Henry Hicks: Teen showed ‘none of the classic signs’ he was being chased by police
PUBLISHED: 15:57 19 October 2017 | UPDATED: 16:08 19 October 2017
Henry Hicks showed none of the “classic signs” that he was being chased by police, a misconduct hearing heard today.
It contradicts what a jury found at Mr Hicks’s inquest in June last year: that he knew he was being pursued by two unmarked police cars.
Mr Hicks, 18, died of head injuries when his moped crashed in Wheelwright Street, next to Pentonville Prison off Caledonian Road, in December 2014.
Two unmarked police cars had been following him, with the officers suspecting him of dealing drugs outside the Star of Kings pub in York Way. After the crash, seven bags of skunk cannabis, three mobile phones and £230 cash were found.
Following the inquest, misconduct charges were brought against the four officers in the two cars over their alleged failure to obtain permisson to pursue him. They have been granted anonymity. The third and final day of evidence at the hearing took place today.
Neil Saunders, representing the two cops (A and B) in the first car behind Mr Hicks’s moped, said: “The case revolves around whether this was a pursuit. I don’t agree.”
Referring to CCTV footage, Mr Saunders said: “There are none of the classic signs: he doesn’t hunch to look in his mirrors. He doesn’t discard the helmet. He doesn’t discard the drugs. He doesn’t discard the phones. Officers with experience of pursuits know the driver would have headed into the estate.
“Finally, what does Henry do? He indicates to turn right into Wheelwright Street, just in case the officers didn’t see where he was going.”
He added: “What reason, then, for Henry to drive quickly? Maybe he doesn’t want to linger. He has seven bags of skunk. He’s possibly been dealing drugs. We don’t know where he was going.
“From the CCTV on Pentonville Prison, the closest the car gets to the bike is four seconds. The bike was getting further away from the first car.”
The hearing, at Empress State Building in Earl’s Court, heard that Officer B had “many dealings” with Mr Hicks, who lived in Liverpool Road. There had never been any problems with the teenager, it heard, and Mr Hicks would even stop and chat.
Matthew Butt, representing the two officers (C and D) in the second car, added: “There was a significant distance. Would he hear sirens while travelling on a 300cc moped at 40mph while wearing a helmet? With the benefit of only side mirrors, which he never looked at?
“Henry’s style of driving was unremarkable for a young man [on a moped] in Caledonian Road. Even behind the two police cars was a motorbike travelling at a similar speed to him. It in fact performed a wheelie.”
But Jeremy Johnson, representing the Met, said: “From the journey to Copenhagen Street to York Way to Wharfdale Road to Caledonian Road, I don’t suggest there was any pursuit at that stage. There was no indication to Henry to stop.
“[But] I submit the officers clearly formed an intention to stop the moped when they could. The officers saw the moped again on the junction of Caledonian Road and Copenhagen Street. The critical issue is what happened then. The officers wanted to stop the moped.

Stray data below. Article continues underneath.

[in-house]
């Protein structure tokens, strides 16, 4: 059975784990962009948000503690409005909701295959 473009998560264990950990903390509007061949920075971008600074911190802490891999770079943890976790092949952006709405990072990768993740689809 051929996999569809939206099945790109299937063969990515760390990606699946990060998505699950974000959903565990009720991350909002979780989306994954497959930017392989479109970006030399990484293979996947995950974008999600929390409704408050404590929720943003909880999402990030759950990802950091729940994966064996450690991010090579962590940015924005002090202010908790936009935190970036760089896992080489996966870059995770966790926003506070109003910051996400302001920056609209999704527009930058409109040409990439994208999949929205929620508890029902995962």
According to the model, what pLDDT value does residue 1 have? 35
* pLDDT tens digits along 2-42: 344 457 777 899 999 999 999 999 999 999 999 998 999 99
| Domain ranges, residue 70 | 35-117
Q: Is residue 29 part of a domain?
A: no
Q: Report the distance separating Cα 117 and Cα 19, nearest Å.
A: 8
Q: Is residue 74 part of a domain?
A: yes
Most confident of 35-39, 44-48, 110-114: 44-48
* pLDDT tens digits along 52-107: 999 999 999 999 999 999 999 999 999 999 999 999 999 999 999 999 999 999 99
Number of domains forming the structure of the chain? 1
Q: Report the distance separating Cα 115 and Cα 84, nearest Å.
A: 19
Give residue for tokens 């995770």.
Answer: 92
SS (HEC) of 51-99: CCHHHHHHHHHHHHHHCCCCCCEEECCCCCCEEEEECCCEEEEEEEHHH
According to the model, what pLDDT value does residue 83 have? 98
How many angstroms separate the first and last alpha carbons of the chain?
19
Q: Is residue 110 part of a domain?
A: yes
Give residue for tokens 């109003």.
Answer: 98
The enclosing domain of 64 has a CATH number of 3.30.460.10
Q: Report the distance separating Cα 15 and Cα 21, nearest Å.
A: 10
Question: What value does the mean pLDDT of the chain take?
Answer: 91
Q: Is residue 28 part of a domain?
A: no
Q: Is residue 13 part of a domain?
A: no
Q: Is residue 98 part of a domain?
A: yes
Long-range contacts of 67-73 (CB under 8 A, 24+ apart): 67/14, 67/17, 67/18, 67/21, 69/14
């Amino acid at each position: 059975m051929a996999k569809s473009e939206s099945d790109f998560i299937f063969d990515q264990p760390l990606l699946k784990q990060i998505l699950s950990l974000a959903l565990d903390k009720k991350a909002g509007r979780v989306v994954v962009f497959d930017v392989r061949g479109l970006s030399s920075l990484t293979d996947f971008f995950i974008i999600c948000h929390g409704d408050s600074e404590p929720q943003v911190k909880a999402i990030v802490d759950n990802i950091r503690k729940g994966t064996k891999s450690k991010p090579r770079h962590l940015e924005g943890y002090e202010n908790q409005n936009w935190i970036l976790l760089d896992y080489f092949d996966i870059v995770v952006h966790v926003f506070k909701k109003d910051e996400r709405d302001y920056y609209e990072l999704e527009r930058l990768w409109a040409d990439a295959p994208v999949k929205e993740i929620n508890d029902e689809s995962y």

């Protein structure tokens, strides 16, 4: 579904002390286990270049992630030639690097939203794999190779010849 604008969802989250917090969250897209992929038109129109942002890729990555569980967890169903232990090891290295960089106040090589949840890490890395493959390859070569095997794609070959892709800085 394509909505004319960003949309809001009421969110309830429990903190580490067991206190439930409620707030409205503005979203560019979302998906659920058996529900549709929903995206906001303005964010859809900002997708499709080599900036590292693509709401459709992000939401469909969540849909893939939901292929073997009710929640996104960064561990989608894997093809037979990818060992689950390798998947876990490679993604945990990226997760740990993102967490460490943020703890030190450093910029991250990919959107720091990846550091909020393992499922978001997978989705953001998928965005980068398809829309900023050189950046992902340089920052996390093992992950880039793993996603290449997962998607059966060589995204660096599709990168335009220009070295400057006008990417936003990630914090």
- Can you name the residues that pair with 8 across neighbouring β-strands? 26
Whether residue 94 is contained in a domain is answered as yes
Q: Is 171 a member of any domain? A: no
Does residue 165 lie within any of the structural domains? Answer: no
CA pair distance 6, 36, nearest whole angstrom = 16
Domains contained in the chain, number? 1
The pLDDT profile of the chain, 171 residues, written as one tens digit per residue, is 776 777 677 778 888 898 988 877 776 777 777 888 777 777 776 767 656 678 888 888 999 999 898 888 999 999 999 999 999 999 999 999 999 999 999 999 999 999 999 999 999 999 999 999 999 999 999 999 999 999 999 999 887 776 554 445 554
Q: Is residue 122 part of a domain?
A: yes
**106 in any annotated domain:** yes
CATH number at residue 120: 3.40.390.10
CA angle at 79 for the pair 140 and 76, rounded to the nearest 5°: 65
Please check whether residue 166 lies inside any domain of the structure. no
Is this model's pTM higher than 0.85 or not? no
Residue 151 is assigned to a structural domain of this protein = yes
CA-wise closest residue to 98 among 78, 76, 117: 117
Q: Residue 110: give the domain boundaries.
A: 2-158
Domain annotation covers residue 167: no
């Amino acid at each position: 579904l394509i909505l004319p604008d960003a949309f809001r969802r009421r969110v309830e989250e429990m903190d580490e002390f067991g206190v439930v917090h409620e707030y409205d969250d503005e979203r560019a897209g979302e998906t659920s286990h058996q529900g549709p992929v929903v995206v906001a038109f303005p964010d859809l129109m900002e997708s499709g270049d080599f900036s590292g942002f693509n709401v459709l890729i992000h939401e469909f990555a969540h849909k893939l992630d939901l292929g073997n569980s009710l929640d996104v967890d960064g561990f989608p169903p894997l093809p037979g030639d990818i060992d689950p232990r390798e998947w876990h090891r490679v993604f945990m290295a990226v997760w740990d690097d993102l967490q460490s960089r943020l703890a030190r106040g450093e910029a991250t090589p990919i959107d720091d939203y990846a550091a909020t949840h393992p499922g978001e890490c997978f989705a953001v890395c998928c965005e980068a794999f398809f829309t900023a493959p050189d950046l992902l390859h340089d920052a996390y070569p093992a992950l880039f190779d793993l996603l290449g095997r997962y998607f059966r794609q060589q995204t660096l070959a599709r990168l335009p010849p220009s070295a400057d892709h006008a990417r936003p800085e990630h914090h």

“The moped suddenly shot off. It was on the wrong side of the carriageway for a long part of Caledonian Road and there was an element of weaving. There’s a pretty significant difference to the style of driving in York Way. What he’s doing in Caledonian Road is entirely consistent with making away from the police.
“My submission is that on the balance of probability, Henry Hicks was aware of the approach of police officers either because of indication or that they were about to stop him.”
Concluding, he said: “The only issue for the panel is whether it’s satisfied the officers were involved in a pursuit. If they were involved in a pursuit, it follows they were in breach of policy.”
Earlier, Officer D, who had been the passenger seat of the second car, had given evidence. She said she had been involved in “50 or more” pursuits prior to the incident, and of those pursuits she insisted: “I can’t think of any occasion where we were refused authority. I am confident I asked for authority every time I should have asked for authority. I’m aware I needed to seek authority before engaging in a pursuit.”
The second car, driven by Officer C, had copied the first car in turning on its lights near the Cally’s junction with Copenhagen Street. There, they saw Mr Hicks stationary, with his feet on the ground, “engaged with some other young people”.
Mr Johnson asked: “What was it in your mind that prompted C to put his lights on?”
Officer D responded: “I don’t know. I can’t answer for C. If I was driving, I would have activated them to catch up with car one. It had disappeared out of our sight. It wasn’t obvious car one was chasing the moped. I couldn’t say what speed we were travelling at.”
The panel is expected to reach a verdict tomorrow at 1pm.
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